Published On: Fri, Jul 31st, 2020

Bronx Zoo operator apologizes for racist display of African man in 1906


The operator of the venerable Bronx Zoo, one of the world’s most famous wildlife parks, has apologized for two “unconscionable” racist episodes in its past, including placing an African man on display in a monkey house in 1906.

The Wildlife Conservation Society, which runs the Bronx Zoo in addition to three other zoos and an aquarium in New York City, said in a statement this week that in the “name of equality, transparency, and accountability, we must confront our organization’s historic role in promoting racial injustice.”

The society cited its treatment of a young Central African man from the Mbuti people in the present-day Democratic Republic of Congo.

“His name was Ota Benga,” the statement said. Bronx Zoo officials “put Ota Benga on display in the zoo’s Monkey House for several days during the week of September 8, 1906 before outrage from local Black ministers quickly brought the disgraceful incident to an end.”

One of those ministers, the Rev. James Gordon, “arranged for Ota Benga to stay at an orphanage he directed in Weeksville, Brooklyn,” the statement said. “Robbed of his humanity and unable to return home,” Ota Benga died by suicide a decade later.

All known records about Ota Benga at the wildlife society are now being made available online as part of an effort to “publicly acknowledge the mistakes of our past,” the statement said.

The organization, founded in 1895 as the New York Zoological Society, also denounced the “eugenics-based, pseudoscientific racism, writings, and philosophies” advanced by two of its founders, Madison Grant and Henry Fairfield Osborn, Sr.

Grant penned an infamous eugenics book, “The Passing of the Great Race,” with a preface by Osborn.

The book was submitted as a defense exhibit for Nazi doctor Karl Brandt, a director of the Third Reich’s “euthanasia” program, and other defendants in the Nuremberg trials.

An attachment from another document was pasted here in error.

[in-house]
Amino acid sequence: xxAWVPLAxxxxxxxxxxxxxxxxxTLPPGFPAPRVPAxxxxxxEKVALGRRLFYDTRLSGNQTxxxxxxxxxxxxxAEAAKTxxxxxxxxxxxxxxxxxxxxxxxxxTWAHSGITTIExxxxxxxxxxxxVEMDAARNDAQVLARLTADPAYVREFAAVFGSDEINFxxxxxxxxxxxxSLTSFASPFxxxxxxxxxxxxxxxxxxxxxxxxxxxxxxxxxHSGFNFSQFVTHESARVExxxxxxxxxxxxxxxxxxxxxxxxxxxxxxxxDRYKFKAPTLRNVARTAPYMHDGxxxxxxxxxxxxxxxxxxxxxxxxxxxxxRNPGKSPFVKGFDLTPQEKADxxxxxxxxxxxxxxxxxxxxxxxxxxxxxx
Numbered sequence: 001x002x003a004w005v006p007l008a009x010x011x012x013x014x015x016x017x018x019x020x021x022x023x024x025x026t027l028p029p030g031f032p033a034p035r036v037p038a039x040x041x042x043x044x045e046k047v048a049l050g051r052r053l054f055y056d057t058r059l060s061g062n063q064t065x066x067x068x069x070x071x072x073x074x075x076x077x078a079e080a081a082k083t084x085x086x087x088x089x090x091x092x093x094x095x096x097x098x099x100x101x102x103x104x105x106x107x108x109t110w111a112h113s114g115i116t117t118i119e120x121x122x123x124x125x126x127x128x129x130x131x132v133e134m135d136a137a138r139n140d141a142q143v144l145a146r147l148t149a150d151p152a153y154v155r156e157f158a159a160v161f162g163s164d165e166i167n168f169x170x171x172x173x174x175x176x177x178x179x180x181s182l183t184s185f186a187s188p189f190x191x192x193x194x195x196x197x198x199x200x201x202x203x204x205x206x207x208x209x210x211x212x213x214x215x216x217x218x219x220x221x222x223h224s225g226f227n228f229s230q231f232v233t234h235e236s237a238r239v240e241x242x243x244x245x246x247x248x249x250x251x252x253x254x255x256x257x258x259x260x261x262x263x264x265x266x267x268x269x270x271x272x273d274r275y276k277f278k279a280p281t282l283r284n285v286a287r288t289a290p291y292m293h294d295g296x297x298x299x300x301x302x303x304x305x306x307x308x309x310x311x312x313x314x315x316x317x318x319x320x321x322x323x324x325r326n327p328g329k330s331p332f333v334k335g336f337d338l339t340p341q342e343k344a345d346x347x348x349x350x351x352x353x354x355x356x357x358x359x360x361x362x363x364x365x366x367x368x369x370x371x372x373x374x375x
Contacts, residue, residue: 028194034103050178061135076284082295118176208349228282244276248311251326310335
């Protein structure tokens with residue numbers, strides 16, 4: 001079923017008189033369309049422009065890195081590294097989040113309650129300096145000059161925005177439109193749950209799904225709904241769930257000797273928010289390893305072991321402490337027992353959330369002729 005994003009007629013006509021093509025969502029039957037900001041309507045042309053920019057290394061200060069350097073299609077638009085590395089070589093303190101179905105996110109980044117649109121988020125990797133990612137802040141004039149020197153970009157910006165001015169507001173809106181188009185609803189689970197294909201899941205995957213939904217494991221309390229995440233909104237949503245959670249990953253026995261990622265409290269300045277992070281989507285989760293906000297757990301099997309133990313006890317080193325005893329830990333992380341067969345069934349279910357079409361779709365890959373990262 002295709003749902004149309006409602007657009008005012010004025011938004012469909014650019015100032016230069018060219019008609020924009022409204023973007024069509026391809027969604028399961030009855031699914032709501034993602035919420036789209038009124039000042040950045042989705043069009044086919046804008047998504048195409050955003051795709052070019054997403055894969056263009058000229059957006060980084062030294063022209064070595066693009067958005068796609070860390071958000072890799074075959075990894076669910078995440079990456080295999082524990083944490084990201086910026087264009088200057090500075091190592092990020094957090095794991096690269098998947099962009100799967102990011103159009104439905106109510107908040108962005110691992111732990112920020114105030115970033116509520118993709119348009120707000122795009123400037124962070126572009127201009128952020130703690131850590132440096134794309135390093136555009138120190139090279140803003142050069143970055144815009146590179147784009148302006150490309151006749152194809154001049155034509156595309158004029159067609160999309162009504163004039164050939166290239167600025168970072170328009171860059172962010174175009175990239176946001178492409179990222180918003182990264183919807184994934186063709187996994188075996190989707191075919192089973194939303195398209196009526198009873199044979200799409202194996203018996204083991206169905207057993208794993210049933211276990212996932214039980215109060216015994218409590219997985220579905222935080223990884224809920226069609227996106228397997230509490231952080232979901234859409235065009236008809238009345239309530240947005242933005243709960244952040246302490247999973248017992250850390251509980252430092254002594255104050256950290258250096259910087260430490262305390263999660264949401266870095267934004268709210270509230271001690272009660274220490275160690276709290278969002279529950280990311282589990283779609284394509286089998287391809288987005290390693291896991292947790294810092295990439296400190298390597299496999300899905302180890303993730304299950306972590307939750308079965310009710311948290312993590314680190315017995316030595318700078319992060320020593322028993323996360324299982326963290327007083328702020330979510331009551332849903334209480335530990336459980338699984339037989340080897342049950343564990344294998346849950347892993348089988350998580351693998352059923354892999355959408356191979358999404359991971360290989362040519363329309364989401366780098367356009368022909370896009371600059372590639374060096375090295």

Brandt, who was also Adolf Hitler’s personal physician, was convicted by the war crimes tribunal in 1947 and put to death in 1948.

The wildlife society said in its statement, which was first reported by The New York Times, that it is obligated to confront these episodes.

“We deeply regret that many people and generations have been hurt by these actions or by our failure previously to publicly condemn and denounce them,” the statement said. “We recognize that overt and systemic racism persists, and our institution must play a greater role to confront it. As the United States addresses its legacy of anti-Black racism and the brutal killings that have led to mass protests around the world, we reaffirm our commitment to ensuring that social, racial, and environmental justice are deep-rooted in our conservation mission.”

The organization also announced it was hiring a diversity officer to help “ensure diverse pools of candidates for recruitment, promotion, and succession planning, including our board and leadership.”

“Today we challenge ourselves to do better and to never look away whenever and wherever injustice occurs,” the statement said.



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